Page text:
Although the survey found that there is evidence of wage growth for 2016 (with 16% of the respondents saying that they will give above-inflation pay rises to staff -compared to 12% in 2014 and 7% in 2013), it also indicates that companies are still dismayed regarding the two new policies announced by Osborne -i.e., the minimum wage increase and the apprenticeship levy.
Carolyn Fairbairn, the CBI’s director general, said the costs were “acting as a cumulative drag that could hamper growth”. Half of those in the service sector said they would have to put prices up to cope with the costs, 27% will employ fewer people and 18% will “make changes to” (read: “cut”) pay and perks. Of those employers who feel the national living wage will have an impact, 34% anticipate having to raise prices.
Neil Carberry, the CBI’s employment director, said businesses agreed with the overall aim of improving skills and raising the base level of pay.
British businesses were concerned about the effects of a living wage on economic growth, according to a business lobby group.
“The government must be careful not to sacrifice prosperity for political expediency by saddling businesses with costs that could harm investment, which is critical to increasing productivity”, Fairbairn said.
In response to the findings of the survey Ms Fairbairn said that “skills shortages remain a problem”, adding that “both the Government and businesses must contribute to building a higher skilled domestic workforce”.
“Most significantly, just under half, 46 per cent, of respondents reported a lack of skills is threatening to have a major impact on the UK’s labour market competitiveness”.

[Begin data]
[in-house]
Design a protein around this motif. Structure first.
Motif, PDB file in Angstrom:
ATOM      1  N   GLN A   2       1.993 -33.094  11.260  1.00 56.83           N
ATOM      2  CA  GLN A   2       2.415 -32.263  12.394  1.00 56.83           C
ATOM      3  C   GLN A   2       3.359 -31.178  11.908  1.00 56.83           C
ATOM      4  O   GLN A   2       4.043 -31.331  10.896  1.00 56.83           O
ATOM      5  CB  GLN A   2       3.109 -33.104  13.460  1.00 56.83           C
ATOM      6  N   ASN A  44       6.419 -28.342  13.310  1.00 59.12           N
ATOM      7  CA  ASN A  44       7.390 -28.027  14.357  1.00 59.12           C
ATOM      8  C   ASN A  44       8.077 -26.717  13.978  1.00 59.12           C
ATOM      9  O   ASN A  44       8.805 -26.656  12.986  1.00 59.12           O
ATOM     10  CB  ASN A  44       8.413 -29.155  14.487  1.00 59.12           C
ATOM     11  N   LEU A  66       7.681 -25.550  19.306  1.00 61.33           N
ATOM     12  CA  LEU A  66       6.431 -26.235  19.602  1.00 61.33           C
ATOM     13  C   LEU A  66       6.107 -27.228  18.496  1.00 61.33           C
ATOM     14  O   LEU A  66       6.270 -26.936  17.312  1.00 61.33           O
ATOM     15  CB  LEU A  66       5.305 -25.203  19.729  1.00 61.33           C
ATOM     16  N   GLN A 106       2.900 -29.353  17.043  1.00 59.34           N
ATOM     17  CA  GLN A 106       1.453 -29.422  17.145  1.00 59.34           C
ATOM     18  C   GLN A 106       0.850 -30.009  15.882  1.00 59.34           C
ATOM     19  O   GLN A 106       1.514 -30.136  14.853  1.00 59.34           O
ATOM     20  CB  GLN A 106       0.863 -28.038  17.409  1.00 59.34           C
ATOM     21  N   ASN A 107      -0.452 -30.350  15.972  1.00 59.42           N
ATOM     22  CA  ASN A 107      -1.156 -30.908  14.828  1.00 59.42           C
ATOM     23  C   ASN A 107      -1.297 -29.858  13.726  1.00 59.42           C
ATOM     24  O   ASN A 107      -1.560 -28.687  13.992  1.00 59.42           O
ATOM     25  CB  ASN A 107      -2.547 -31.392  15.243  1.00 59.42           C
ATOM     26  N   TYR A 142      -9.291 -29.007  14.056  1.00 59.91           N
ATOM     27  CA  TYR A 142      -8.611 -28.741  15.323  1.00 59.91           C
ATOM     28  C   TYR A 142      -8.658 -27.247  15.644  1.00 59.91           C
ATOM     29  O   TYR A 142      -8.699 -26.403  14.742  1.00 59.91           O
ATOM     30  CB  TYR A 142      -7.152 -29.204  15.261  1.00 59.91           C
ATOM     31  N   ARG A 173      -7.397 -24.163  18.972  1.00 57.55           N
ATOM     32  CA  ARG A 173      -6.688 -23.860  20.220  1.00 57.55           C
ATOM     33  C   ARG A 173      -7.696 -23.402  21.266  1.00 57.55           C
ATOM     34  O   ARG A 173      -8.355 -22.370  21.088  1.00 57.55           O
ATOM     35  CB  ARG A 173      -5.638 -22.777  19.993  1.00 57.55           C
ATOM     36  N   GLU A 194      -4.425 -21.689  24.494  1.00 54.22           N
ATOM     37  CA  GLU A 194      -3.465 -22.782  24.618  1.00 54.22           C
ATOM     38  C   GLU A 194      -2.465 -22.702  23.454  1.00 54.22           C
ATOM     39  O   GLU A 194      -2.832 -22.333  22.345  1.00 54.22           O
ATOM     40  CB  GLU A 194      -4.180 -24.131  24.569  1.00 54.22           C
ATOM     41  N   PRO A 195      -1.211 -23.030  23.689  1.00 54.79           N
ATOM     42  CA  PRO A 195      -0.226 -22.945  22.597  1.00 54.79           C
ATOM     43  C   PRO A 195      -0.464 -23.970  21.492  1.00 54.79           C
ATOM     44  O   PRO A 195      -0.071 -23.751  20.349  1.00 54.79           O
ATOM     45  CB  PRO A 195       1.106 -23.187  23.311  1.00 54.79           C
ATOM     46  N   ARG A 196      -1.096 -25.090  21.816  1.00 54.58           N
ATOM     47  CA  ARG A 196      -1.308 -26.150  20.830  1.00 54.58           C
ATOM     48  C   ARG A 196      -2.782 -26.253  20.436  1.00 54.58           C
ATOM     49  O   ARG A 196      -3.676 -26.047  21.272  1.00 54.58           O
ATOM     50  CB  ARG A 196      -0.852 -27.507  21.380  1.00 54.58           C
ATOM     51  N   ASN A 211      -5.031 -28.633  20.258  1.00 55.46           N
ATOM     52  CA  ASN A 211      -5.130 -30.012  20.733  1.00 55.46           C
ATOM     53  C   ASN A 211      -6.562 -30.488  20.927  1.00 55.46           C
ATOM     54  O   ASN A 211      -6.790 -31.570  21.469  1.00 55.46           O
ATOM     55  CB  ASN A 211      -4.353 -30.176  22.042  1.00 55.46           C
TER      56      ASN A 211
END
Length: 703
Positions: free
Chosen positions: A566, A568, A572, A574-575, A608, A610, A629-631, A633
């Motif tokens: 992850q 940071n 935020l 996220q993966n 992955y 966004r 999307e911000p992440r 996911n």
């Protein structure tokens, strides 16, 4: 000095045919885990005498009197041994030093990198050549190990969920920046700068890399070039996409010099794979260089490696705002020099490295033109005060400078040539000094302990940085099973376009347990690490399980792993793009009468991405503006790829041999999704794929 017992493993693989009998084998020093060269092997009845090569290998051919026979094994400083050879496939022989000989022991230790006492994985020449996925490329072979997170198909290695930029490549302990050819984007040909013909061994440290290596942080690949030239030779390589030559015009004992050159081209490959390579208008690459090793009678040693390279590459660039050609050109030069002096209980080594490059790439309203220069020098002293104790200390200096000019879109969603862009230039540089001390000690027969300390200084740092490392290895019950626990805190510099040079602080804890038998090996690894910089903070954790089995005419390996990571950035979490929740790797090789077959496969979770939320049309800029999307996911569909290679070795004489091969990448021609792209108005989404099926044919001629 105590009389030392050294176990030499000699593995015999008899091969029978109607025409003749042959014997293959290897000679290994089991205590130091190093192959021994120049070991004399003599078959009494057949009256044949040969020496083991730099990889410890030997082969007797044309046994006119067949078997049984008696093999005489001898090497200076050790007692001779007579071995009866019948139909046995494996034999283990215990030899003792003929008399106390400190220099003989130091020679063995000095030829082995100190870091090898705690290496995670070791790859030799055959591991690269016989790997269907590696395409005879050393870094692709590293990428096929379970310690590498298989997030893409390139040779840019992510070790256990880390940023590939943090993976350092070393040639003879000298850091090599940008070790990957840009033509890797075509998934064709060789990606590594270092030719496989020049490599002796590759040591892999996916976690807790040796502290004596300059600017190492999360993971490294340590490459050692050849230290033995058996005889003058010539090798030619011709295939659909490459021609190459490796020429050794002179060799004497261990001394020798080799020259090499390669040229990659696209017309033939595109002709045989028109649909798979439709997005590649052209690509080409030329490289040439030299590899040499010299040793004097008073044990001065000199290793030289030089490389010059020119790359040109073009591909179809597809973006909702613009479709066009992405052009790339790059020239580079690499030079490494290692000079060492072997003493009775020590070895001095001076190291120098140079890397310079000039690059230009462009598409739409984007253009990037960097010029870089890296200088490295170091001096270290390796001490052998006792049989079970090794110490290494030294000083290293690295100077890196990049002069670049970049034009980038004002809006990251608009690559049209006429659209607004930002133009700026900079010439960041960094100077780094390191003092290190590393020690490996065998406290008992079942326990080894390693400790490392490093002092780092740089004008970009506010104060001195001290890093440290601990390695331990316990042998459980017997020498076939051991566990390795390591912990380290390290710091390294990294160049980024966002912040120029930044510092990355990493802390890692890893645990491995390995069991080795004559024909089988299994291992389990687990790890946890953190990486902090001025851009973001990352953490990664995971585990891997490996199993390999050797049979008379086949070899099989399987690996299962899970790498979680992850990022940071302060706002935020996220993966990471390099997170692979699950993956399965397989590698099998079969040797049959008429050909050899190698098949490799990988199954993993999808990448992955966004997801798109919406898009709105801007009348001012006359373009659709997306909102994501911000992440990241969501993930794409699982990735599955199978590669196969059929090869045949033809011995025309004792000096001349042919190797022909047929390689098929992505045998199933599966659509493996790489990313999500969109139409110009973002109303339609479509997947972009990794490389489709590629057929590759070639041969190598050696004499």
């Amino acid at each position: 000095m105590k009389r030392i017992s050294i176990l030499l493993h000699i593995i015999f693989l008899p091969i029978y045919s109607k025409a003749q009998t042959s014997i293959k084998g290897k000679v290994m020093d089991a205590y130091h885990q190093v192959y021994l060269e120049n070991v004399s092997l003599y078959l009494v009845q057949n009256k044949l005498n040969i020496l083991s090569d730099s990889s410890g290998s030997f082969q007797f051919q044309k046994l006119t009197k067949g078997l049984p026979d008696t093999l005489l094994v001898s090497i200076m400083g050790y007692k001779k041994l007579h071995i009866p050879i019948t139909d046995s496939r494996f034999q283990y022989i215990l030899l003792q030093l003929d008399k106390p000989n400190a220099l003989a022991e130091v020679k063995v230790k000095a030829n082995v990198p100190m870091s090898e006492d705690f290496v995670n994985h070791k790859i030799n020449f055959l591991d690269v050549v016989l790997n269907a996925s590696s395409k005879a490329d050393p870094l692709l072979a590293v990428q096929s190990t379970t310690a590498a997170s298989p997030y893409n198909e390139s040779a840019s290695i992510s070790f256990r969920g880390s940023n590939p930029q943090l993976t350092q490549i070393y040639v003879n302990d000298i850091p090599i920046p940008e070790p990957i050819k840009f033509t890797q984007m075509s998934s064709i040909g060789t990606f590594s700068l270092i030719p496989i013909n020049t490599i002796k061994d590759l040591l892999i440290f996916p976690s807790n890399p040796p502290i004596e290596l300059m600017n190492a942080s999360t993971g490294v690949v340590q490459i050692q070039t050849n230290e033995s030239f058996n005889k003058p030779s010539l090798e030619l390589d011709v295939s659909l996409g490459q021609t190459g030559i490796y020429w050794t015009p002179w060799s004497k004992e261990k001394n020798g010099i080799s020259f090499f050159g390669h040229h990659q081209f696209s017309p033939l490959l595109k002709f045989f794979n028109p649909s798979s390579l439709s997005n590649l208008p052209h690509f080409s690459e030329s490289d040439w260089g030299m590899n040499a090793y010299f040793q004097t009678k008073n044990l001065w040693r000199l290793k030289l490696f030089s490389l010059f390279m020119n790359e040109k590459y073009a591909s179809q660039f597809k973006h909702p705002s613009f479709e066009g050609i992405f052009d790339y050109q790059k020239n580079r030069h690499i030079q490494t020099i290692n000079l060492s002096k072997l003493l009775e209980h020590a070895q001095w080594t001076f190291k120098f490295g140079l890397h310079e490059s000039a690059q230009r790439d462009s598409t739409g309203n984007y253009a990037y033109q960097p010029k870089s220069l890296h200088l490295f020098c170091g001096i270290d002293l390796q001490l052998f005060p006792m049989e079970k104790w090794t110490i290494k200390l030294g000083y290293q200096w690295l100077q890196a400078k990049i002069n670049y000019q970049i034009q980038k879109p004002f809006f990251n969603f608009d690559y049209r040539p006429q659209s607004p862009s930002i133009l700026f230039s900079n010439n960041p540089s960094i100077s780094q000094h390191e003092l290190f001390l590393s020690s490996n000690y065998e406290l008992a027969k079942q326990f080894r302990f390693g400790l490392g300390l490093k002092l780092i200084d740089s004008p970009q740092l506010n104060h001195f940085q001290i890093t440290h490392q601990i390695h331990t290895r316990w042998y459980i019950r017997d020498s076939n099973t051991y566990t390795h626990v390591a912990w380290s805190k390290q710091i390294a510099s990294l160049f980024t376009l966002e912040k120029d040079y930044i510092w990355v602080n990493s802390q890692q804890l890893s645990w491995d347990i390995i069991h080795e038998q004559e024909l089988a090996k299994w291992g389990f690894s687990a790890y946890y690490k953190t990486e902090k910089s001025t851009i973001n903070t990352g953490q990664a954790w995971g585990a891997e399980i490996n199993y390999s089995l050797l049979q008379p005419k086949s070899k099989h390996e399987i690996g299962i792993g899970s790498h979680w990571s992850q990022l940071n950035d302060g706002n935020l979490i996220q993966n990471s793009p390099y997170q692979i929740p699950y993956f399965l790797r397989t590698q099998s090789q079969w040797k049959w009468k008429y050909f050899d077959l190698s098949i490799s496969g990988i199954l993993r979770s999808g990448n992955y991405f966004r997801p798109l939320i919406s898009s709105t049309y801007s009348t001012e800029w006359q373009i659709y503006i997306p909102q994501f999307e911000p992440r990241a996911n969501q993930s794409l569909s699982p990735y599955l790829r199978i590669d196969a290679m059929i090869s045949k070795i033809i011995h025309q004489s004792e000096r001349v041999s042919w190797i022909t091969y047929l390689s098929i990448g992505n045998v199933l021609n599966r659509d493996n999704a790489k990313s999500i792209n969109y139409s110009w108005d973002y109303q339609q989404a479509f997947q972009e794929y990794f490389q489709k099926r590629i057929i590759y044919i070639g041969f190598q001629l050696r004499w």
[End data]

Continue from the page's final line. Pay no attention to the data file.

The survey showed a big increase in concern among employers about their ability to recruit migrant workers.
“We live in an era of significant labour market interventions… driven by Westminster”, Carberry said.
Yesterday, in an interview with The Sunday Times, she said that unless there were changes to the apprenticeship levy, it is “inevitable there will be significant job lossess” in some sectors.
In November George Osborne confirmed that, from April 2017, employers would have to pay 0.5 per cent of their pay roll costs towards the levy – offset by a £15,000 allowance meaning that most employers would not have to pay.
‘The right outcome of a levy must be an increase in training that is relevant to the business and the individual learner, not merely a tick-box process that delivers 3million training interventions and reduces the call on government funding, ‘ it said. The government hopes the levy will help it hit a target of 3m apprenticeship starts by 2020.
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